Moir had suggested that there might be something more to the death of the boy-band singer Stephen Gately than the ‘sugar-coated’ encomiums which had appeared in every morning newspaper. She was right about the sugar coating; as always, when a minor and not terribly talented celebrity dies, we had all that fatuous stuff about his incredible, life-affirming genius, how out of the blue it all was. Gately died, apparently of fluid within the lungs, on the sofa of his apartment after a night out in Majorca with his ‘civil partner’ and a mysterious and handsome young Bulgarian chap whom the homosexual couple picked up at a nightclub. Moir implied that Gately’s death might not have been quite so unexpected and simple as it appeared, but was perhaps a consequence of his lifestyle and that we needed to know more, rather than simply lay the wreaths while streaming with crocodile tears. There was the intimation of sleaze.
I suspect there was not one person in Britain who, upon hearing the sad news about Gately, did not — even if the thought were quickly banished to the back of their mind — think likewise. I suspect that most of the columnists who complained about Moir’s piece — and these include some of the most fabulously stupid people in Britain — will have had that idea at the front of their minds immediately. But it remained unsaid, apart from by ordinary people.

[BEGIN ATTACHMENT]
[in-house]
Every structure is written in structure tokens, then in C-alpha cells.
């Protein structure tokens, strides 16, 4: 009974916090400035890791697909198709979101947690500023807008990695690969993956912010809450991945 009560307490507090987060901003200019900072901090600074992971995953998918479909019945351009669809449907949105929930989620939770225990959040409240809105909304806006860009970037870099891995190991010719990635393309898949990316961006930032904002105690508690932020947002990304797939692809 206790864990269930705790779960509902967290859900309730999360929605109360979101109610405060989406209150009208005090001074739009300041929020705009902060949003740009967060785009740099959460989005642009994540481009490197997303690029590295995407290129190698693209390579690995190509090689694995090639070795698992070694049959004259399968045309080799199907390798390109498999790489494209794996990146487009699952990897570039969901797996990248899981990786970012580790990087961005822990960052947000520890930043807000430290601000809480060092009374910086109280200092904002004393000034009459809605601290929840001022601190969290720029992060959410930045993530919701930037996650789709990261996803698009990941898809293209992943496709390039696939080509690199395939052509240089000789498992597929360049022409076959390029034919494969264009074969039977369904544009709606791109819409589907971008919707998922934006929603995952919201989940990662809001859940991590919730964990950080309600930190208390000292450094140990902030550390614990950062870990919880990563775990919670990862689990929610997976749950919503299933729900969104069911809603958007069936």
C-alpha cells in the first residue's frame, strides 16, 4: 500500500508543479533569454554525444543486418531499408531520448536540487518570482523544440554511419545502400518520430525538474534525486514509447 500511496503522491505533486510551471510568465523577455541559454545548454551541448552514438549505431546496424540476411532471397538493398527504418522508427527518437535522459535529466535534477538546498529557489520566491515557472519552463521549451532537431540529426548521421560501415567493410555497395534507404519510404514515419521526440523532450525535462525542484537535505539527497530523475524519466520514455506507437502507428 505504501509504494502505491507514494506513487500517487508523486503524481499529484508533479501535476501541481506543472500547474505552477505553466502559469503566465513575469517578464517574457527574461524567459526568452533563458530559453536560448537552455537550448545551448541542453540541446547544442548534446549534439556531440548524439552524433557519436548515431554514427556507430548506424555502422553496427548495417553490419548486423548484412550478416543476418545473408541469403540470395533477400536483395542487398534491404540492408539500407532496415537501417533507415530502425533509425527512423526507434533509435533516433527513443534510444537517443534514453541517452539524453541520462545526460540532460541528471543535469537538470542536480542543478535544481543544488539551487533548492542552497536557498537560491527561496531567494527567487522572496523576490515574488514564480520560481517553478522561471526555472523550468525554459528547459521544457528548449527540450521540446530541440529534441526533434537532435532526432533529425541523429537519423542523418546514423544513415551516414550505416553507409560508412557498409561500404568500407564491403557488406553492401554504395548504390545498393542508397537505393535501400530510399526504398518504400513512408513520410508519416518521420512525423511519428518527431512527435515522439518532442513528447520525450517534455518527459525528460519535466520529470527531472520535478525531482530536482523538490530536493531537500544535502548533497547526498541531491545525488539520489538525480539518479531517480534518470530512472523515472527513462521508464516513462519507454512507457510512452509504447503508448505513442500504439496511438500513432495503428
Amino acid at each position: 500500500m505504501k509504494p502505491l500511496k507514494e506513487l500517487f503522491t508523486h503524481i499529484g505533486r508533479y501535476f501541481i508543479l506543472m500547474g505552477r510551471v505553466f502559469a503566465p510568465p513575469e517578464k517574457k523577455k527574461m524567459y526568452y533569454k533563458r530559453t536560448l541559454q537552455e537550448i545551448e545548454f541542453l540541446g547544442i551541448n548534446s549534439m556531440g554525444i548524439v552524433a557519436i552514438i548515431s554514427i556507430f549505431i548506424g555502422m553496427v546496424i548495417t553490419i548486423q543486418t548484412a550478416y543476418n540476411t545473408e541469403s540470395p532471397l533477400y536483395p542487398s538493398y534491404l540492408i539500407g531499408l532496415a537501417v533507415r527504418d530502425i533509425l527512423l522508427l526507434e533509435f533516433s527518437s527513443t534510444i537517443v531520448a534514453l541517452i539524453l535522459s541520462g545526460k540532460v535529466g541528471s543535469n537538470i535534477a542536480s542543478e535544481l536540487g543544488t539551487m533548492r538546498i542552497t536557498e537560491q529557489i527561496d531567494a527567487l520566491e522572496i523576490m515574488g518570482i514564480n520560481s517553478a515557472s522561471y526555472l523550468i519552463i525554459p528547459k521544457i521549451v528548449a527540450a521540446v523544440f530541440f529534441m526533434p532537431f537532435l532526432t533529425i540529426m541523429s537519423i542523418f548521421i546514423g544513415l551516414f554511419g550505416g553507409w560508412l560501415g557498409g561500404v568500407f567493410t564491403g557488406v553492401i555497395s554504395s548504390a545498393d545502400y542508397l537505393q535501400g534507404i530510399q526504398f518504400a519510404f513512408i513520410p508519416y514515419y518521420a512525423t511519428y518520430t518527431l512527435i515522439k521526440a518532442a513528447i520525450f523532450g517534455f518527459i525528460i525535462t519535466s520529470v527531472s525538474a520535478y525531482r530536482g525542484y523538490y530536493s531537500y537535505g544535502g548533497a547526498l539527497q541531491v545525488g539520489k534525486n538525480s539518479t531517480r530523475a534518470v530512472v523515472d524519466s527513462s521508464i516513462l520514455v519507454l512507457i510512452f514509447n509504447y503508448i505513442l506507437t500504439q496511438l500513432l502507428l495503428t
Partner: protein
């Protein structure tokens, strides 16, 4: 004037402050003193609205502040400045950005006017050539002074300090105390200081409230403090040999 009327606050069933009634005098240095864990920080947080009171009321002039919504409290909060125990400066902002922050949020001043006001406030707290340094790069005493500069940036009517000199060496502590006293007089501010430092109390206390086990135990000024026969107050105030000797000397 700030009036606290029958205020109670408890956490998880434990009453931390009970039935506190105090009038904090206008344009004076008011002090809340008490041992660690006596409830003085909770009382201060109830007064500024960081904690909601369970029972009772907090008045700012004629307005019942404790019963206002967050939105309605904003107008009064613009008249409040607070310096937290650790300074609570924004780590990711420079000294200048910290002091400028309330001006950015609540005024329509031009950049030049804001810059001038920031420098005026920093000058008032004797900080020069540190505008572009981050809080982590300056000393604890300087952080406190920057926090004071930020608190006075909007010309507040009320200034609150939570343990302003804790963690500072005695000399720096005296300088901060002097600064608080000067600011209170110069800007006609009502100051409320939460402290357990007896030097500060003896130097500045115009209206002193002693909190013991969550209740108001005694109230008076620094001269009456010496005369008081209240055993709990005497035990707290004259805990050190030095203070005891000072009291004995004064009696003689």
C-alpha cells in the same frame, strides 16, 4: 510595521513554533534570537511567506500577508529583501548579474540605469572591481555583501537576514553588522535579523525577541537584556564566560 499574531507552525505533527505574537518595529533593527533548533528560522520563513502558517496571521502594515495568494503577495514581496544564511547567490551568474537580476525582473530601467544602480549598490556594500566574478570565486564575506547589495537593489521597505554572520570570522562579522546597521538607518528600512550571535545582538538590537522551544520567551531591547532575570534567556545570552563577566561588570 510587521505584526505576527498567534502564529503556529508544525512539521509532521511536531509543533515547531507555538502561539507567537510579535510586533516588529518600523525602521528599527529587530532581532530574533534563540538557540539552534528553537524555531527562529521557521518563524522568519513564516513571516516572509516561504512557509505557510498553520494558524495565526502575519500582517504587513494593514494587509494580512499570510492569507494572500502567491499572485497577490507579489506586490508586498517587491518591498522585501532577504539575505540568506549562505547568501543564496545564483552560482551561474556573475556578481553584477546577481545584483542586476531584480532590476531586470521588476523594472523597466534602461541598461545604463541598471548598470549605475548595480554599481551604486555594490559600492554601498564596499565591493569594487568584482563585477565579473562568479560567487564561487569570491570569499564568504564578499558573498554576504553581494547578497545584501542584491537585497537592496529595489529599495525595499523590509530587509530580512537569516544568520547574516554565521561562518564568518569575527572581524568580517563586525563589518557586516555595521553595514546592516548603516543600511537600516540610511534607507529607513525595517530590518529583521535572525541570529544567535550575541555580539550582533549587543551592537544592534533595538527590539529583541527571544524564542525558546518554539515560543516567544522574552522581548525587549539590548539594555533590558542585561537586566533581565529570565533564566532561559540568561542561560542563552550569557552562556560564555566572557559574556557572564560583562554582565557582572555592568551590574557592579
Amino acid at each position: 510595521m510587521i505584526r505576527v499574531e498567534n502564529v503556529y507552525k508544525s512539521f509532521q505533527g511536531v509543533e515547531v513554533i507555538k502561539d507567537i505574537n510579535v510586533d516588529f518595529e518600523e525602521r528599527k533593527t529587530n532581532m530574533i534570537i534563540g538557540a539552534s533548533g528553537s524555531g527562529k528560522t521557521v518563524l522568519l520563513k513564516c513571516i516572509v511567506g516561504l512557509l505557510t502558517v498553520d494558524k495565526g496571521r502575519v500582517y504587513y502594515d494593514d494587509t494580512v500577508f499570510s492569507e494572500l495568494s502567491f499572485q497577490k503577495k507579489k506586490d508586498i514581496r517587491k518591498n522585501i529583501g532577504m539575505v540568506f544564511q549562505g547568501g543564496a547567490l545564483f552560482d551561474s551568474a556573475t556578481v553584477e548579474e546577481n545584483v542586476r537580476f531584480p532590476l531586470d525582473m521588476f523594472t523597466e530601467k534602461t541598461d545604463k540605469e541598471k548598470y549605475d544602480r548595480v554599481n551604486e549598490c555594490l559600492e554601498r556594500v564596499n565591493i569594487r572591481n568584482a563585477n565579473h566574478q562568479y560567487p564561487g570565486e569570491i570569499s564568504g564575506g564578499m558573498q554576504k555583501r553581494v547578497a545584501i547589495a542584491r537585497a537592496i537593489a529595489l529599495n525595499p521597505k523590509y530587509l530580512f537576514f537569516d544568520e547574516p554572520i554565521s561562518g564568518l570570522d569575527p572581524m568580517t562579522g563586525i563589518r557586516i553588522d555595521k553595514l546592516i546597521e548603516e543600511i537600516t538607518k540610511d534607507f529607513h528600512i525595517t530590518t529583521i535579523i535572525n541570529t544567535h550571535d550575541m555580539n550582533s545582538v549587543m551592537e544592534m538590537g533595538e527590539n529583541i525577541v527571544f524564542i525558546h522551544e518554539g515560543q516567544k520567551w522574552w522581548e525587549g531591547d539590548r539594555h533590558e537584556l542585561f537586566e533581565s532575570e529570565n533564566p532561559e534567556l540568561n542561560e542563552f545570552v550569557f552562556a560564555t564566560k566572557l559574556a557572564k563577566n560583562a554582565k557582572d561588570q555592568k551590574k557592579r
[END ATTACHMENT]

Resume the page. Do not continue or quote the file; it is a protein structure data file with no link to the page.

Moir’s article provoked swift and misplaced allegations of homophobia against the author; but her comments were homophobic only if you subscribe to the homophobic view that all homosexuals have the sort of lifestyle enjoyed by a minority of homosexual celebrities. The Guardian’s Charlie Brooker — so funny and acute when writing about television, so sententious, dull and out of his depth when writing about anything else — suggested that Moir was ‘dancing on the grave’ of Gately ‘for money’. As of course, by extension, was Brooker himself. Dance away, Charlie, mate: it’s what we do. Those twin pillars of British journalistic idiocy, Yasmin Alibhai-Brown and Janet Street-Porter — the latter of whom has never yet said or done anything for the benefit, enlightenment, amusement or entertainment of the human race — weighed in with their polystyrene cudgels. Yasmin even linked the Moir article to a perceived failure of the British press to report how absolutely bloody awful the fascist state of Israel is. No, really, just take my word for it; you will not be any better off if you read her characteristically incoherent article. Anyway, there are demands that Moir should apologise, that the Daily Mail should apologise, probably that we all should apologise. As you might imagine, Stephen F***ing Fry has become involved.
I do not much like the mindset of the Daily Mail; it seems to me a sour and vengeful and narrow place to inhabit — an arid, airless planet. Also, it uses the sort of language and sentence construction in its headlines last seen just before the Festival of Britain. But if columnists are to have any use at all, other than simply to entertain, then it is surely to have the bravery to say what cannot, in polite company, be said; either to give a voice to a mass opinion which is in some way samizdat and unnaturally repressed, or perhaps to defy the consensus entirely and risk censure for so doing. It seems to me that Moir did the first of those admirably and that there was a kernel of truth to her article. We will find out how much truth in time, I suppose.